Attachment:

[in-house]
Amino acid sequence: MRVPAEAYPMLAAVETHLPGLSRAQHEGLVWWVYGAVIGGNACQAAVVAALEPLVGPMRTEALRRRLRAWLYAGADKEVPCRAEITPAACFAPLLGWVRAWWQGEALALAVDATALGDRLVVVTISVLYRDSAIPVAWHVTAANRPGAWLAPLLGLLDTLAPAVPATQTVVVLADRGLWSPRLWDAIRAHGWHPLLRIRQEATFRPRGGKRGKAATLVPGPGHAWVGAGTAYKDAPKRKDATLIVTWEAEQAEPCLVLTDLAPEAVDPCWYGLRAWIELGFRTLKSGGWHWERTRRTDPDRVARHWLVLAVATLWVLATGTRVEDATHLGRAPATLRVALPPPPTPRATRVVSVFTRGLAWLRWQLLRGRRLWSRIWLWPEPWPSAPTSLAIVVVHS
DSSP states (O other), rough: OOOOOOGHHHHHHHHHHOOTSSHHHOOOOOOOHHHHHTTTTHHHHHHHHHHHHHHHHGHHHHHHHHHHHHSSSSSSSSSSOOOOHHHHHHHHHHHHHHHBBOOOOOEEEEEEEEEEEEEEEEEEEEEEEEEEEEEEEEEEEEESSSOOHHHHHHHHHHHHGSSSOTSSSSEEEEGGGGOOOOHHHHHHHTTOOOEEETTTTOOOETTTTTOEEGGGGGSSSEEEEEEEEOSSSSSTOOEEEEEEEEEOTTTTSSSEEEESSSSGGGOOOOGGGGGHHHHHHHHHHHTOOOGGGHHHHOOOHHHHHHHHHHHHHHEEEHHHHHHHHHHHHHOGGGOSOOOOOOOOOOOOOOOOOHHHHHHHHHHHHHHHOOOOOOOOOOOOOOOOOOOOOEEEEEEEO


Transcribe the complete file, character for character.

[in-house]
Amino acid sequence: MRVPAEAYPMLAAVETHLPGLSRAQHEGLVWWVYGAVIGGNACQAAVVAALEPLVGPMRTEALRRRLRAWLYAGADKEVPCRAEITPAACFAPLLGWVRAWWQGEALALAVDATALGDRLVVVTISVLYRDSAIPVAWHVTAANRPGAWLAPLLGLLDTLAPAVPATQTVVVLADRGLWSPRLWDAIRAHGWHPLLRIRQEATFRPRGGKRGKAATLVPGPGHAWVGAGTAYKDAPKRKDATLIVTWEAEQAEPCLVLTDLAPEAVDPCWYGLRAWIELGFRTLKSGGWHWERTRRTDPDRVARHWLVLAVATLWVLATGTRVEDATHLGRAPATLRVALPPPPTPRATRVVSVFTRGLAWLRWQLLRGRRLWSRIWLWPEPWPSAPTSLAIVVVHS
DSSP states (O other), rough: OOOOOOGHHHHHHHHHHOOTSSHHHOOOOOOOHHHHHTTTTHHHHHHHHHHHHHHHHGHHHHHHHHHHHHSSSSSSSSSSOOOOHHHHHHHHHHHHHHHBBOOOOOEEEEEEEEEEEEEEEEEEEEEEEEEEEEEEEEEEEEESSSOOHHHHHHHHHHHHGSSSOTSSSSEEEEGGGGOOOOHHHHHHHTTOOOEEETTTTOOOETTTTTOEEGGGGGSSSEEEEEEEEOSSSSSTOOEEEEEEEEEOTTTTSSSEEEESSSSGGGOOOOGGGGGHHHHHHHHHHHTOOOGGGHHHHOOOHHHHHHHHHHHHHHEEEHHHHHHHHHHHHHOGGGOSOOOOOOOOOOOOOOOOOHHHHHHHHHHHHHHHOOOOOOOOOOOOOOOOOOOOOEEEEEEEO